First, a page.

Eminem did not think twice before signing, overjoyed that his album was getting so much positive feedback and that he would finally be able to buy food and diapers for his daughter. This was also the beginning of a lifelong friendship between Eminem and Dr. Dre. After The Slim Shady EP came The Slim Shady LP in 1999, which was largely successful, selling over 500,000 copies in the first two weeks. The songs on this album were still as hateful as ever, dealing with a wide range of targets including but not limited to celebrities, women, and homosexuals.
His lyrics raised controversy over whether he was racist, sexist, a homophobe, or all of the above. One of his most notorious songs on the album is titled “97 Bonnie & Clyde,” in which Eminem takes his daughter to the beach and you soon discover that he has murdered Kim and put her body in the trunk of his car. He had written the song while he and Kim were on break, only to get back together a few weeks later. Kim, upon hearing the song, was shocked, especially since there was a real recording of their daughter Hailie’s voice in a song about killing her.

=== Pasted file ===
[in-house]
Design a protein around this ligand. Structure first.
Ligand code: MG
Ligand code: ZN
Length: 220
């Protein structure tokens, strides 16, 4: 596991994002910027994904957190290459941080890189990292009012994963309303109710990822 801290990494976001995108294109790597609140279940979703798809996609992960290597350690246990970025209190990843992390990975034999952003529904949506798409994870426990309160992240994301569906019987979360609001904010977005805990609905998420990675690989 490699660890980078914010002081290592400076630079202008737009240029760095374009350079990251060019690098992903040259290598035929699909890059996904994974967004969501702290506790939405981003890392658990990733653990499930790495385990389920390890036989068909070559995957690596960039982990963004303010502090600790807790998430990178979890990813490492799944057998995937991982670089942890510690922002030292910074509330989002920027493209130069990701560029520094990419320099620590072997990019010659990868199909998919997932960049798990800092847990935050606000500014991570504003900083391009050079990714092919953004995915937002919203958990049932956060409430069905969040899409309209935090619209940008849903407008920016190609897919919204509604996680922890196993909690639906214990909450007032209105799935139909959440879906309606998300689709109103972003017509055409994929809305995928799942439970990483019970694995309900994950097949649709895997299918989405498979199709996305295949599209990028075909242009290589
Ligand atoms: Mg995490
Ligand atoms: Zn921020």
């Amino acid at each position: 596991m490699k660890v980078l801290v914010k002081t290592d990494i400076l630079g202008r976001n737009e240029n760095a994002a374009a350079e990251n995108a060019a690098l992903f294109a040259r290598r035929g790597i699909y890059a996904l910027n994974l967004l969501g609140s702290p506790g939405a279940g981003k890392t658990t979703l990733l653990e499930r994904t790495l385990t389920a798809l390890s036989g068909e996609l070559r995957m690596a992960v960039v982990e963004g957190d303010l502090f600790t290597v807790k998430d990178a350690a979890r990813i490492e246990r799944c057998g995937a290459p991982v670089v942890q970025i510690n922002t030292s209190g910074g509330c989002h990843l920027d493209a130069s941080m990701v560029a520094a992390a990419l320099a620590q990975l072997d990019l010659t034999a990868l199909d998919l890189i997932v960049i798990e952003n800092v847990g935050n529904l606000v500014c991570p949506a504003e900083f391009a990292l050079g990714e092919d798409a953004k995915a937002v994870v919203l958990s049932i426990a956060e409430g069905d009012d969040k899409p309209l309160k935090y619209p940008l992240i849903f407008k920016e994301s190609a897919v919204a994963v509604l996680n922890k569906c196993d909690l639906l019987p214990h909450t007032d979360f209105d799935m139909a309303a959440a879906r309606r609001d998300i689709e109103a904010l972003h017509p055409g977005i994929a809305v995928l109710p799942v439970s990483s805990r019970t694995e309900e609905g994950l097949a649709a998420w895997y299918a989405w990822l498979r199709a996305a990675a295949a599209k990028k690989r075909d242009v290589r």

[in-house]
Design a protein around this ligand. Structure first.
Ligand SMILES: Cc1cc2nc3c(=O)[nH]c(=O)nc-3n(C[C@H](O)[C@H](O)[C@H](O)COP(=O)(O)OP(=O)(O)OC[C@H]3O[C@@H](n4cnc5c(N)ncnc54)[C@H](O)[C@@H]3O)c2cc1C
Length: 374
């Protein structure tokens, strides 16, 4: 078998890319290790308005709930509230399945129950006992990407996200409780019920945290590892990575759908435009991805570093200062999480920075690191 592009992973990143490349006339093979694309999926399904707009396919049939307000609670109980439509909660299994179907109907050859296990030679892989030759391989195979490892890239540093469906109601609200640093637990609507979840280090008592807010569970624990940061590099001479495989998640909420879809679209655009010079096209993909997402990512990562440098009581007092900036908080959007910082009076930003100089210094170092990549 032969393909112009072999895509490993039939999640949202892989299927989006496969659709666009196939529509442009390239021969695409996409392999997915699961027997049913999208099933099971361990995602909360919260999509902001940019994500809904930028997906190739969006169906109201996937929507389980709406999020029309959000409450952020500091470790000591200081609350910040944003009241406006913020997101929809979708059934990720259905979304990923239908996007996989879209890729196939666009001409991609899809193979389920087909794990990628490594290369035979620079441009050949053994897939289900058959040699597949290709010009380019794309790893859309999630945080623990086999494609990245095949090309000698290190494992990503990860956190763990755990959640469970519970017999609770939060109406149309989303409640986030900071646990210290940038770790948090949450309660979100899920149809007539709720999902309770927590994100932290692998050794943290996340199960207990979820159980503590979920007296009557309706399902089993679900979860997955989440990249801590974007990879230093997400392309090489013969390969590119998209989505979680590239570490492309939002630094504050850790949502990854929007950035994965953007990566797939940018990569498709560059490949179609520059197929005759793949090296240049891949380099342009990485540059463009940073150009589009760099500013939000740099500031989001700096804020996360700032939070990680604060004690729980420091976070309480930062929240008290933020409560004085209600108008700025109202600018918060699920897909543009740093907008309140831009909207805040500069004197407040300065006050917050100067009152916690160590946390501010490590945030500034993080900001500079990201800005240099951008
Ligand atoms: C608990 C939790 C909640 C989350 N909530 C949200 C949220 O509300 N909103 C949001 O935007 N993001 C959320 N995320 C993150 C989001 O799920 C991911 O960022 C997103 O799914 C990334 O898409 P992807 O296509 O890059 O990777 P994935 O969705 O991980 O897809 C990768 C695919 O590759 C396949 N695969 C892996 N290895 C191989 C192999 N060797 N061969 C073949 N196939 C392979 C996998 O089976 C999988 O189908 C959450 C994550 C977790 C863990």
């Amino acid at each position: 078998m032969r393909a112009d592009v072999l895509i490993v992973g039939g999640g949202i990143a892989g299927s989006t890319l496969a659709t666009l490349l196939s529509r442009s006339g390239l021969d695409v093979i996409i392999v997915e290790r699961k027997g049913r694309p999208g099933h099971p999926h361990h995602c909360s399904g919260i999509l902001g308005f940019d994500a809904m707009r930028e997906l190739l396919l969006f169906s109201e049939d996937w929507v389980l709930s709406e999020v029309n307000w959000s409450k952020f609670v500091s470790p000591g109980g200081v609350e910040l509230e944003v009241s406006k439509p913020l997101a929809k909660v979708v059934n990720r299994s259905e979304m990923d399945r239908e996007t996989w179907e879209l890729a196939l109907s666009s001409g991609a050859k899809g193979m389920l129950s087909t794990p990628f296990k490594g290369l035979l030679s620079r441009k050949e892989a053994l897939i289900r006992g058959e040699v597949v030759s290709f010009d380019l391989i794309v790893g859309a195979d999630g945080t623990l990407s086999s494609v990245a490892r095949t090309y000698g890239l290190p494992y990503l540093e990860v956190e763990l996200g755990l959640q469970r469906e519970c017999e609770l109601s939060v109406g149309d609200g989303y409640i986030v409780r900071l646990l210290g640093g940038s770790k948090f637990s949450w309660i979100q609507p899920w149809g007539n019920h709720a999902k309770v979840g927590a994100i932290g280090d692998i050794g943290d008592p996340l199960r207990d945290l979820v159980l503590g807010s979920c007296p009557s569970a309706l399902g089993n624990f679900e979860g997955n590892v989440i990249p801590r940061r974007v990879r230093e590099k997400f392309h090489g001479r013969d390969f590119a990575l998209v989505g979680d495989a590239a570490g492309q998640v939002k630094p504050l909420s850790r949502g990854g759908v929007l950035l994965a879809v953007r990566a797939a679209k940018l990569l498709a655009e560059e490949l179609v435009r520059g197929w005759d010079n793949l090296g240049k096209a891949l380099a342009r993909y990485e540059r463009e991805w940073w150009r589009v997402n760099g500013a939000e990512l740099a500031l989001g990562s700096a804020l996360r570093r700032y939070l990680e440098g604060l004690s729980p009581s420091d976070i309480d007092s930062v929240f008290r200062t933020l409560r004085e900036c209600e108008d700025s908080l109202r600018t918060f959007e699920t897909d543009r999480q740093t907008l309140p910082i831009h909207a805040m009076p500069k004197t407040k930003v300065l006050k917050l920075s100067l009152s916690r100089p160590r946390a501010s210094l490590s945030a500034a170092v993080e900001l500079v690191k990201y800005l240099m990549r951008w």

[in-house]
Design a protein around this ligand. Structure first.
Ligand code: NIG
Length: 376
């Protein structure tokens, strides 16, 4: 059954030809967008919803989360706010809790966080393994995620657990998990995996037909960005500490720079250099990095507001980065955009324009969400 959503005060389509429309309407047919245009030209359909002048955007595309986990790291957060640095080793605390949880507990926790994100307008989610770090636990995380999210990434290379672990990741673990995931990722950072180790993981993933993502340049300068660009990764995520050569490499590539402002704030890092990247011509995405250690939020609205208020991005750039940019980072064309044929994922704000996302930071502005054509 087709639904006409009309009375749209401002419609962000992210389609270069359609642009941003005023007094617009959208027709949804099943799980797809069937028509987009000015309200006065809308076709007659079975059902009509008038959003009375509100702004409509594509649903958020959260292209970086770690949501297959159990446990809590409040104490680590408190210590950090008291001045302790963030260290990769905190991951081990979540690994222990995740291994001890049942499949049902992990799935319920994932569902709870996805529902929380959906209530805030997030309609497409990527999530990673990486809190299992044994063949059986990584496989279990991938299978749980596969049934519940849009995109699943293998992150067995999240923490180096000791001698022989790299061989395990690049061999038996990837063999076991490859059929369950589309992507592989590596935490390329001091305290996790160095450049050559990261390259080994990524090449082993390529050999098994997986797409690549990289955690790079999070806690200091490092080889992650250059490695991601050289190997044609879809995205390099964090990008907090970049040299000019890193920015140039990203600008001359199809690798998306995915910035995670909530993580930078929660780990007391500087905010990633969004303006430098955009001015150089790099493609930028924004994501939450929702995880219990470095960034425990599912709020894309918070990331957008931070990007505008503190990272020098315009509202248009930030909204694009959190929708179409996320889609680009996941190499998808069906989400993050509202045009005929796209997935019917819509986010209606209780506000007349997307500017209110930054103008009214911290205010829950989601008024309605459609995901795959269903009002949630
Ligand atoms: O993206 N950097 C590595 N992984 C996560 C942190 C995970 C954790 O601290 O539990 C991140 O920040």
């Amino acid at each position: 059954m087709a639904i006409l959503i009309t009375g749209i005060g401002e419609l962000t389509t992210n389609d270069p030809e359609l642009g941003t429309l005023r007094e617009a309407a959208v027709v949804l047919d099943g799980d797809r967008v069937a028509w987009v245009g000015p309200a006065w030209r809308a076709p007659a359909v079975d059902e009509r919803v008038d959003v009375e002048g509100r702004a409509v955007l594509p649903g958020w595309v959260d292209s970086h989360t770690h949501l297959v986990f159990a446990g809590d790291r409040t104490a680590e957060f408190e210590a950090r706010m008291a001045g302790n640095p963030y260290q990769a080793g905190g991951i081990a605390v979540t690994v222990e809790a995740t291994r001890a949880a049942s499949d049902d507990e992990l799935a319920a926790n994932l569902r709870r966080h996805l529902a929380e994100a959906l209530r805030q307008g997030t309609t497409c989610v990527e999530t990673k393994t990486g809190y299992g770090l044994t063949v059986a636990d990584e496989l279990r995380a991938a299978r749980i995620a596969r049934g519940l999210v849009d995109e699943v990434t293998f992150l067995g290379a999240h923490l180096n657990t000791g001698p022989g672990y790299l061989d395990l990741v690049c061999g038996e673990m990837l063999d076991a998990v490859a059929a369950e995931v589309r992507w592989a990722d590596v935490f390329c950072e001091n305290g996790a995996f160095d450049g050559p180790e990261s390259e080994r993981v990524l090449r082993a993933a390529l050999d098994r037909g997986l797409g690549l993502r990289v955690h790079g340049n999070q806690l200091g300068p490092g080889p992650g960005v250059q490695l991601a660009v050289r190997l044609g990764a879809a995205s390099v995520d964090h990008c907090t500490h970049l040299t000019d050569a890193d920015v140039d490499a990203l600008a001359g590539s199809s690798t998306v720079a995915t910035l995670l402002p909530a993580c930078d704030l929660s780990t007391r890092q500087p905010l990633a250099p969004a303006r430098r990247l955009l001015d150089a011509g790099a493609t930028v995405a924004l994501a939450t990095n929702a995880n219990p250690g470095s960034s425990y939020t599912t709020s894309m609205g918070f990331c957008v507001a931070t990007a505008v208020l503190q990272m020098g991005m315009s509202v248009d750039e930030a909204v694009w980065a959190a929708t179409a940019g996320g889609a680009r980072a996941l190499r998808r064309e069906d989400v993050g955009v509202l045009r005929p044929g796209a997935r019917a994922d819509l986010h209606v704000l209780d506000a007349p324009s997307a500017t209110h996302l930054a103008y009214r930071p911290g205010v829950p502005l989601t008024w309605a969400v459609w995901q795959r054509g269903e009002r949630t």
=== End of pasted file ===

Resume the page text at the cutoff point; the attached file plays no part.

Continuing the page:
Many of Eminem’s other songs and lyrics have had people questioning whether or not he really loathes women as much as he seems to at times. Most of his anger towards women is aimed at his mother, for obvious reasons. He has claimed, however, “all of his rages at women are temporary impulses” (Lane 41). Meanwhile, in June of 1999, Eminem and Kim were officially married, despite the constant conflict in their relationship. During the same year, Eminem began to use drugs and alcohol more and more frequently as he recorded his next album, The Marshall Mathers LP.
Apparently, he produced more new songs when he was high on marijuana or other drugs. He was at the point in his career where things were progressing quickly and he was already winning Grammies for the best rap album of the year. After the release of The Marshall Mathers LP, which was wildly popular among his growing fan base, people no longer wondered if he was still angry. It was apparent that he was always full of rage, and people admired him for it. In “Stan,” he tells the story from a young fan’s point of view, a fan who can’t seem to get enough of Eminem or stop writing him letters.